# Shouldn't reflection at the boundary interfere with the original wave to not give any wave?

So I have been taking a wave course, and one thing that I don't understand is how does reflection even allows normal modes of vibration. I'll try to explain my confusion:

Suppose we have a string which is fixed at one of its ends, and I set up a travelling wave of some frequency on the string. This wave travels along the string in the positive x direction and then it reaches the fixed end. Upon reflection a reflected wave with phase shifted by π travels in the negative x direction and so this means the two destructively interfere and give no wave; in all the books I have read (French, Crawford, Howard...) they say that setting up a travelling wave with a certain specific frequency establishes a standing wave on the string, but shouldn't the two reflected wave no matter what the frequency destructively interfere and give no wave?

So my question is:

1. Does reflection of wave always produce a π phase shifted reflected wave?
2. If it does then how does the reflected wave and the original wave interfere to give a standing wave?

I do understand how mathematically solving the wave equation with the proper boundary conditions gives the normal mode/ stationary wave solution and also know how the method of images is incorporated but yet I don't see why the virtual or image pulse should have the same phase while the reflected wave( hence the virtual wave) must be π shifted in case of rigid fixed ends.

Thank you for your time and help.

## 1 Answer

You're right: the reflected wave, being shifted by $$\pi$$, interferes destructively with the incoming wave and gives a zero total disturbance at the end of the string.

If you think about it, the $$\pi$$ phase shift actually derives from the fact that you want a zero disturbance at the boundary: you indeed derive it by applying the boundary condition to the solution of the wave equation. You can think of it as being an "ad hoc" shift to fit the boundary.

The reason why they only interfere destructively at the boundary is that the incoming and reflected waves travel in different directions, so at every point of the string the total disturbance (the sum of the two waves, therefore their interference effect) is time dependent. The only points in which the total disturbance is constant is at the boundary, because "you wanted it to be that way" upon applying the boundary condition, and in the nodes of the stationary wave, because they are the particular points of the string in which the contribution of each wave to the total disturbance changes with time, but the two balance out at every instant to give a zero overall displacement.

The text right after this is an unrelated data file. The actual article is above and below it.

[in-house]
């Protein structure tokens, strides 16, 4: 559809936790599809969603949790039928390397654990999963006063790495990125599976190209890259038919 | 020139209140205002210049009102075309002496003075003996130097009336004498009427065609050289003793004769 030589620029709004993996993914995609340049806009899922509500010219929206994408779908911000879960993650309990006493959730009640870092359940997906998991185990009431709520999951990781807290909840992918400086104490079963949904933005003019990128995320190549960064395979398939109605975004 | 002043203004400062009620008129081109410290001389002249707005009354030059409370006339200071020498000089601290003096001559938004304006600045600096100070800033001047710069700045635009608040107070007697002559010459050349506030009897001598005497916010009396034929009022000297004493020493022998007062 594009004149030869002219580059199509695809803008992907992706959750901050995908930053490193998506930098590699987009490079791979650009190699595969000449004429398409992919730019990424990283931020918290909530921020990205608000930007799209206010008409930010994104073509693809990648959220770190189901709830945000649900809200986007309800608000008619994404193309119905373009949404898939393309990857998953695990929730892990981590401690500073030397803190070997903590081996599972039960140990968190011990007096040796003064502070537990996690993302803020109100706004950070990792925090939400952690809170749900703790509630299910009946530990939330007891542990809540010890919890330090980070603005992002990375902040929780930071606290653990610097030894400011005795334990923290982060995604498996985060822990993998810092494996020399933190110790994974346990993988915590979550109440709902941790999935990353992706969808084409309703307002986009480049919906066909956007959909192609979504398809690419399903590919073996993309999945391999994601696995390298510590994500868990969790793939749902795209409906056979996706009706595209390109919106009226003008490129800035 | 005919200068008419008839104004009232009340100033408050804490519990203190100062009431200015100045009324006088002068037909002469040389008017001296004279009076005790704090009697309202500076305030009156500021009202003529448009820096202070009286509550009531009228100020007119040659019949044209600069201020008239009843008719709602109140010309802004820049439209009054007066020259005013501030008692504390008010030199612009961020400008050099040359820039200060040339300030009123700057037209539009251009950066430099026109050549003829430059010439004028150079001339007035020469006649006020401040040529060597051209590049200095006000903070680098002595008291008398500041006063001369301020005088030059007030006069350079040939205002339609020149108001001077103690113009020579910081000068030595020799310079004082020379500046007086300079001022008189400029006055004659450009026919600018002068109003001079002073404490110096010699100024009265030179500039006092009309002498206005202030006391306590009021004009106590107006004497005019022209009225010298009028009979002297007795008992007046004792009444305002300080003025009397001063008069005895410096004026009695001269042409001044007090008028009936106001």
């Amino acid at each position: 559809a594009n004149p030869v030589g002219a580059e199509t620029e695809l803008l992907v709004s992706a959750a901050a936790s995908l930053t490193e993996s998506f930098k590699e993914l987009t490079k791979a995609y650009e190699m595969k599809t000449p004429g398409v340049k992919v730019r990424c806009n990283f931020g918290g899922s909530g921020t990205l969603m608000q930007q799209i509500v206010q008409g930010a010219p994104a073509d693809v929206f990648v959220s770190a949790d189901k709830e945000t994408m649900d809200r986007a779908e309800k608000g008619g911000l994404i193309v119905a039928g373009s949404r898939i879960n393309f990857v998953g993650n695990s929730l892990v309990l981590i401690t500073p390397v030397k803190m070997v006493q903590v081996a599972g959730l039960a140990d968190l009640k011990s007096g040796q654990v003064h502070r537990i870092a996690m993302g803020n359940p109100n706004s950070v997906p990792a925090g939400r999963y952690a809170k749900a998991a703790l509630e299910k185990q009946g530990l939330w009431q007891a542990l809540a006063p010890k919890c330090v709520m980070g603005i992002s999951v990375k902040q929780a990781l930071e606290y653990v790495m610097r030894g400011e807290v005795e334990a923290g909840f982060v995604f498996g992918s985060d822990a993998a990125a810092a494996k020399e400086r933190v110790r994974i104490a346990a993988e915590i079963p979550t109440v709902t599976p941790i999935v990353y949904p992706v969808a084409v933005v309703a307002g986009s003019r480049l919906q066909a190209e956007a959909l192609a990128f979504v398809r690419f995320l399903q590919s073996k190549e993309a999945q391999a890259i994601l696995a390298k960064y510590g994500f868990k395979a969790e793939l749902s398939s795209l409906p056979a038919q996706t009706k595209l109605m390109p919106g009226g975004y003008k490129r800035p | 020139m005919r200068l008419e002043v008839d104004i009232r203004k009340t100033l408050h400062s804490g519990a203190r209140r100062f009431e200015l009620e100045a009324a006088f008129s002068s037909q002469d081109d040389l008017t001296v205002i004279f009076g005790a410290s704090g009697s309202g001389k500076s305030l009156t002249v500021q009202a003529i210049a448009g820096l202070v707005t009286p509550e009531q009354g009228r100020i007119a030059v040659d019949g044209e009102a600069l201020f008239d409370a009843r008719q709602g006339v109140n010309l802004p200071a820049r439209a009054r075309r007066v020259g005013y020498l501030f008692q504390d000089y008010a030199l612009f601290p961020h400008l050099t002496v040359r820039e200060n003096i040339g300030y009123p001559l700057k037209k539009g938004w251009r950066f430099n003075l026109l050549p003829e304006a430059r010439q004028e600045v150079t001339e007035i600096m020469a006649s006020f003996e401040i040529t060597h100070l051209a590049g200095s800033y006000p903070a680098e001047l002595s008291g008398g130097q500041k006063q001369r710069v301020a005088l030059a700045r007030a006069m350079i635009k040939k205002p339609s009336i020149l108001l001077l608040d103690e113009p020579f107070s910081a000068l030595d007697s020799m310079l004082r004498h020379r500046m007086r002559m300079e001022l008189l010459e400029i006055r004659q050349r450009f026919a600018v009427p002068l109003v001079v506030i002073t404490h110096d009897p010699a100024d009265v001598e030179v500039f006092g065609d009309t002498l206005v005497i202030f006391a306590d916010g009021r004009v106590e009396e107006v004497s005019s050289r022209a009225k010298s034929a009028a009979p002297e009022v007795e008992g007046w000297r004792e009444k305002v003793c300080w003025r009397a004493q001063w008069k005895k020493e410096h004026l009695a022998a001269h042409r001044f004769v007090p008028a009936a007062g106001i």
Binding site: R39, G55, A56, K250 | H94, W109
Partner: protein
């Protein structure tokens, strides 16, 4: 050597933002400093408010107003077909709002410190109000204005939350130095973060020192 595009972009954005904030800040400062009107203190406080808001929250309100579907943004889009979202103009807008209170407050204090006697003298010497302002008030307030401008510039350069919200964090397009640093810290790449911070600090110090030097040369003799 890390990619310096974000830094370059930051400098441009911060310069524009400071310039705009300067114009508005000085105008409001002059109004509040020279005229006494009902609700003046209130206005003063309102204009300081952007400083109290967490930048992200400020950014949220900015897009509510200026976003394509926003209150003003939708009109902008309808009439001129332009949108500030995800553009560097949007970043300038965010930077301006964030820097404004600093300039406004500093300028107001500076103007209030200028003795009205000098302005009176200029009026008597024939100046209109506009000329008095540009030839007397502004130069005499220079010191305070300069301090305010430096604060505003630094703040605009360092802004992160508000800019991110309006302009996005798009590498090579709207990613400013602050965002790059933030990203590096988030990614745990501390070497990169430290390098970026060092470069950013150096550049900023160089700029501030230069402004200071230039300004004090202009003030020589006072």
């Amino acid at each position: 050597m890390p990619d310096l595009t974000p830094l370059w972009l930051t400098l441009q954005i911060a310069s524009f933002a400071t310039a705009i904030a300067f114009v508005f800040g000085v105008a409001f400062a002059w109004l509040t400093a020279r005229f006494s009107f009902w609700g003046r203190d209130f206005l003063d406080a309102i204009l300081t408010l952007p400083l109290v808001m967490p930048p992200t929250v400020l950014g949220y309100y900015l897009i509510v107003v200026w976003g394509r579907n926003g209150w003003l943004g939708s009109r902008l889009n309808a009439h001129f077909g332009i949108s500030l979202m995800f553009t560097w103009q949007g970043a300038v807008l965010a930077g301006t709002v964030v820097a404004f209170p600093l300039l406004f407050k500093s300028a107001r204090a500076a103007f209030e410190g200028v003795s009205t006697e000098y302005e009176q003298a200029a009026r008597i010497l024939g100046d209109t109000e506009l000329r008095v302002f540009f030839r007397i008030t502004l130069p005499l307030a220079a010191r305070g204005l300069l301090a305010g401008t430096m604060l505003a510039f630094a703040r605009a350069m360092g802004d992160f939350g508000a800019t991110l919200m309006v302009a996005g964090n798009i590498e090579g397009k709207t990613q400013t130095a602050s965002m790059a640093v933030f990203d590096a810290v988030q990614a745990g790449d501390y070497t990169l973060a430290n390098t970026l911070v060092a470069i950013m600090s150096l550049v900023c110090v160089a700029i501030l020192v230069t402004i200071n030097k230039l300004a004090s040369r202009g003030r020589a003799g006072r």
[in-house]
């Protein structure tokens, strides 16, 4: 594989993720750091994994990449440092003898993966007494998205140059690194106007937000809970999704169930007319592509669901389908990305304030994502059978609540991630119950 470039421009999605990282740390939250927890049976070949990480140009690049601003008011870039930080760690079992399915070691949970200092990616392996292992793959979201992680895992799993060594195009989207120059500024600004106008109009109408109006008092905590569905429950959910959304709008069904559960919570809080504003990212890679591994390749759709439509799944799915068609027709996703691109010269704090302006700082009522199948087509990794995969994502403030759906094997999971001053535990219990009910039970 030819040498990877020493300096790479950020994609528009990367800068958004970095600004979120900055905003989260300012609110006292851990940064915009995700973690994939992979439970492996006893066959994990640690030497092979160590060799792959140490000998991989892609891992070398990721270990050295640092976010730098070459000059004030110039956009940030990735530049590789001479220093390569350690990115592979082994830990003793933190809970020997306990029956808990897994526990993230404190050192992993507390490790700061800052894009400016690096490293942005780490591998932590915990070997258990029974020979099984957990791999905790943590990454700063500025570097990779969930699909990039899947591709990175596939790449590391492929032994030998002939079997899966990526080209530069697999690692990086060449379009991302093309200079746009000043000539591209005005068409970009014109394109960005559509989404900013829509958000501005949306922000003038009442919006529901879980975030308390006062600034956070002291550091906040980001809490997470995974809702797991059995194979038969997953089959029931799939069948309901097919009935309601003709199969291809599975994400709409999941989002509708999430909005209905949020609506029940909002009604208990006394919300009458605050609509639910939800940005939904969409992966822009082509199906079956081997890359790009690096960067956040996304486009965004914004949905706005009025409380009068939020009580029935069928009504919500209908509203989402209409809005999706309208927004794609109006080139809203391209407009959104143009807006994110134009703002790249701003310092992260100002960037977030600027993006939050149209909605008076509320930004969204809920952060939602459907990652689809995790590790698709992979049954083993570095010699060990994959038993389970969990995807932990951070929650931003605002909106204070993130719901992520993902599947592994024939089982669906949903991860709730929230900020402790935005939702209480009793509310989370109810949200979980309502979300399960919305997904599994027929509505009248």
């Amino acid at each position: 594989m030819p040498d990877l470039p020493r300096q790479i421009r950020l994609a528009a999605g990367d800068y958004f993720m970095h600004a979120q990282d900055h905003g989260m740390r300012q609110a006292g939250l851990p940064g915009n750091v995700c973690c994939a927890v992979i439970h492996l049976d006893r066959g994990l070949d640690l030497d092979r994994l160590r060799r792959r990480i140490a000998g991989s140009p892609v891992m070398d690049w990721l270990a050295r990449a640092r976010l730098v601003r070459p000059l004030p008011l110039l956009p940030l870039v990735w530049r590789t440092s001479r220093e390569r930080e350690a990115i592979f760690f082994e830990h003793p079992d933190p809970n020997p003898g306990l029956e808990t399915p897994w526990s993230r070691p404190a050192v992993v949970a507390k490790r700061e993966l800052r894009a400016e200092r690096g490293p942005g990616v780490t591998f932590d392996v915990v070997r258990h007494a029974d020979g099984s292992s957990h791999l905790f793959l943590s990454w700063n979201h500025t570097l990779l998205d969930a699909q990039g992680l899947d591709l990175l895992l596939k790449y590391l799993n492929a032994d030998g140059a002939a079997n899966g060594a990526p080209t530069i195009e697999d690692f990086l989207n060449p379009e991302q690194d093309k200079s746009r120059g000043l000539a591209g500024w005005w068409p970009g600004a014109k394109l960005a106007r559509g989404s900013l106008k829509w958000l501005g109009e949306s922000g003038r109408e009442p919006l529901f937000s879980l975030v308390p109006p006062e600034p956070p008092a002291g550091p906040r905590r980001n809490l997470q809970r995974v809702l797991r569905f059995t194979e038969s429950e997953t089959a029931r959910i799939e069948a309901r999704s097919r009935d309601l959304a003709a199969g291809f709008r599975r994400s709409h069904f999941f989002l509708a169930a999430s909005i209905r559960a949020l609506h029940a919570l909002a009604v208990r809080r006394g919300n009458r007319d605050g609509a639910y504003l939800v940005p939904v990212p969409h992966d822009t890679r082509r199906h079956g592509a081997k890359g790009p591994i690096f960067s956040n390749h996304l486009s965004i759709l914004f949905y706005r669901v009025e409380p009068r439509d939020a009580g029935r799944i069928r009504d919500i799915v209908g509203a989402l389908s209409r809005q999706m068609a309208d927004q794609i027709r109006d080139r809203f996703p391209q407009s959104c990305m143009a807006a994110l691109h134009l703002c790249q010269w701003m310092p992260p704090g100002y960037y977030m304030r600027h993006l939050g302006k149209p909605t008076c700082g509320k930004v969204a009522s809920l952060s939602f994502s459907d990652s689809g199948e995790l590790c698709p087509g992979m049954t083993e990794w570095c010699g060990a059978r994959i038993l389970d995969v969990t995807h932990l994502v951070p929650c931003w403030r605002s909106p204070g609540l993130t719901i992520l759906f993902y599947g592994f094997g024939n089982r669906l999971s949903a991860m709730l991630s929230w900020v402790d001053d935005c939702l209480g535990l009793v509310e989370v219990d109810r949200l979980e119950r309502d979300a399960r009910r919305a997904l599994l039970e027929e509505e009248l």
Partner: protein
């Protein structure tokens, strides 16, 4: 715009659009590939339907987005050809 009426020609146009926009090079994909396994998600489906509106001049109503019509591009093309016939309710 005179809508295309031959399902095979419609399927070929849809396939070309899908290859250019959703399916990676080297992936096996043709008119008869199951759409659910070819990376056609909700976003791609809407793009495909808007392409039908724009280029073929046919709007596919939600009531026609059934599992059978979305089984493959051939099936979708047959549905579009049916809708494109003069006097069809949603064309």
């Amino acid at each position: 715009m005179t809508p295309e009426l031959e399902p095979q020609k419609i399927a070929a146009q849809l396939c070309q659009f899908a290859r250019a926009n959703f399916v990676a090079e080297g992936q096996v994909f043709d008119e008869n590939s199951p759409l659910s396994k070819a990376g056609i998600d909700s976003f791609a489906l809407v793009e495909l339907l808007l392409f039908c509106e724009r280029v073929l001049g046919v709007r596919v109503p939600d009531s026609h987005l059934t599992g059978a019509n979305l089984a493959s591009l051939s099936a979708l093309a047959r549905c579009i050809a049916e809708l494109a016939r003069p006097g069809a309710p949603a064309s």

Interestingly enough, if the reflection actually caused destructive interference everywhere, you would only need a mirror to eliminate every electromagnetic field arriving at it at normal incidence (with the other appropriate boundary conditions to obtain standing waves of course).

• I get that boundary conditions require the π phase shift because the fixed ends have to be of course nodes but what I don't get is how then can you have anti nodes or any wave at all in the rest of the string because the π shift means they perfectly cancel out algebraically everywhere so how do you physically get a standing wave. – Lucifer Mar 21 '19 at 18:36
• @Lucifer They would only cancel if they were phase shifted and traveling in the same direction. But because they travel in different directions, there are points and times when they do not cancel. – BowlOfRed Mar 21 '19 at 18:46
• Why is that so could u explain a bit more about it, like as to why the two phase shifted waves travelling in opposite direction would not cancel out for all time and space? – Lucifer Mar 21 '19 at 19:34
• Ohh I finally understood it thanks, I went back played around with the sine graphs and also superimposed two π shifted waves travelling in opposite direction and got the standing wave equation.. thanks everyone for their help. – Lucifer Mar 21 '19 at 20:17